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Compressed sensing for 1H MRSI in the human brain at 9.4T

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Chang,  P
Research Group MR Spectroscopy and Ultra-High Field Methodology, Max Planck Institute for Biological Cybernetics, Max Planck Society;
Max Planck Institute for Biological Cybernetics, Max Planck Society;

/persons/resource/persons192740

Nassirpour,  S
Max Planck Institute for Biological Cybernetics, Max Planck Society;
Research Group MR Spectroscopy and Ultra-High Field Methodology, Max Planck Institute for Biological Cybernetics, Max Planck Society;

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Henning,  A
Max Planck Institute for Biological Cybernetics, Max Planck Society;
Research Group MR Spectroscopy and Ultra-High Field Methodology, Max Planck Institute for Biological Cybernetics, Max Planck Society;

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Chang, P., Nassirpour, S., & Henning, A. (2017). Compressed sensing for 1H MRSI in the human brain at 9.4T. Poster presented at 34th Annual Scientific Meeting of the European Society for Magnetic Resonance in Medicine and Biology (ESMRMB 2017), Barcelona, Spain.


Cite as: http://hdl.handle.net/21.11116/0000-0000-C3F1-3
Abstract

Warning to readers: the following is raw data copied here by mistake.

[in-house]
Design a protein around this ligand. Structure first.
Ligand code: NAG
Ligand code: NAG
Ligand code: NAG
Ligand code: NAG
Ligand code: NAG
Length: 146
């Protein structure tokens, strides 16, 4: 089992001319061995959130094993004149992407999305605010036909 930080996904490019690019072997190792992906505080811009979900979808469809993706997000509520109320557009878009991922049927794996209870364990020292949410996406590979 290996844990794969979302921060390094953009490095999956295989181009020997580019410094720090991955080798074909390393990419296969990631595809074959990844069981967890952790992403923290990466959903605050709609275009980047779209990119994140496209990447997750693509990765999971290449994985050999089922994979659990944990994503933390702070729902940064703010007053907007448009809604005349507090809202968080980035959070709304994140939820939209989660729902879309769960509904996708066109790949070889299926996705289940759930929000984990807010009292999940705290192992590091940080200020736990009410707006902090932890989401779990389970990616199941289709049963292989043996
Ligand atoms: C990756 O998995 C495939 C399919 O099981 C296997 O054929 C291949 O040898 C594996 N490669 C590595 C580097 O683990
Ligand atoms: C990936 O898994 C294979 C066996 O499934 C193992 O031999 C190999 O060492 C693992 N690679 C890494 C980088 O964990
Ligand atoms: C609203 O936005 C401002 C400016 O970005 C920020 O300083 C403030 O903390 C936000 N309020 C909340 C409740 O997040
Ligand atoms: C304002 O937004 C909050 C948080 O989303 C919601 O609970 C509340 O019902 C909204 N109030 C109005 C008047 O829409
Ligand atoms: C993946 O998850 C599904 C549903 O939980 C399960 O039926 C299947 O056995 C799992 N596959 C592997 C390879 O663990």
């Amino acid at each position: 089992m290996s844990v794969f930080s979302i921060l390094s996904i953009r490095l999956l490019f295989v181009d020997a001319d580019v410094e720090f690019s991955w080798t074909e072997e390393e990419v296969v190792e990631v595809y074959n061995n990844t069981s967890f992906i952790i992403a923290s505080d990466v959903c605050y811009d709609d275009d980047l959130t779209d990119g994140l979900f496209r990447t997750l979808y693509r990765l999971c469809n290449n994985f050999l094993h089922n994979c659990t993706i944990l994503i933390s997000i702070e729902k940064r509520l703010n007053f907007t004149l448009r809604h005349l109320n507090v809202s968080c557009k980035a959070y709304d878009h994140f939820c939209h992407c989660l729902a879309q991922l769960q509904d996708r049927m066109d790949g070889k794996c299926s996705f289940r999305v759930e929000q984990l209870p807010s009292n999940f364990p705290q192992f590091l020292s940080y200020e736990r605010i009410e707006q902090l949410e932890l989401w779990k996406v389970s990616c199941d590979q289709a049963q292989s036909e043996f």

Purpose/Introduction: Compressed sensing (CS) is an acceleration method that has been used in many MRI applications1, 2. CS randomly undersamples and reconstructs the data using denoising methods. This method allows high acceleration without structured aliasing artifacts. However, the applications in MR spectroscopicimaging are few3, 4. In this work, we use compressed sensing to accelerate the acquisition of non-lipid suppressed high resolution 1H FID MRSI data of the human brain at 9.4T. Metabolite maps were evaluated for different acceleration factors. This is the first account of applying compressedsensing to accelerate non-lipid suppressed and high-resolution MRSI data. Subjects and Methods: Fully sampled single-slice MRSI data was acquired with an FID-MRSI sequence5 on a 9.4T whole-body human scanner. The parameters were: FOV = 200 9 200 mm, resolution = 3.125 9 3.125 9 10 mm, TR = 220 ms from the brains of healthy volunteers. The data were retrospectively undersampled with a random variabledensity sampling scheme with effective acceleration factors of: 2, 4, 5, and 10. The reconstruction was performed using a 3D total totalvariation and a 2D wavelet. Multiple coil channels were combined during the reconstruction using ESPIRiT6. Results: Figure 1 shows the spectra of different voxels for different acceleration factors overlaid on the fully sampled spectra. For R = 2, the accelerated data is very consistent with the fully sampled data, while R = 4 results in only slightly higher lipid contamination. However, the higher accelerations result in more lipid contamination. This is supported by the lipid contamination maps shown in Figure 2 (for two volunteers). These maps show the absolute integral of the spectra between 0.3 and 1.8 ppm. The maps for four major metabolites for two volunteers are shown in Figure 3. No spatial smoothing or filtering was performed. For R = 2, the maps look almost identical to the fully sampled. The maps get noisier for higher acceleration factors. Discussion/Conclusion: The metabolite maps get patchier as the acceleration factor increases. This is likely due to the higher levels of lipid contamination that affects the quantification of the spectra. However, note that unlike conventional acceleration schemes such as GRAPPA and SENSE, the lipid artifacts show noise-like contamination as opposed to structured and strong lipid rings overshadowing the metabolite maps. We showed that compressed sensing for non-lipid suppressed MRSI is possible and that high acceleration factors (up to R = 4 or R = 5) is feasible using our proposed reconstruction scheme. Lipid suppressed data could allow for higher acceleration factors, however lipid suppression at ultra-high fields is very challenging.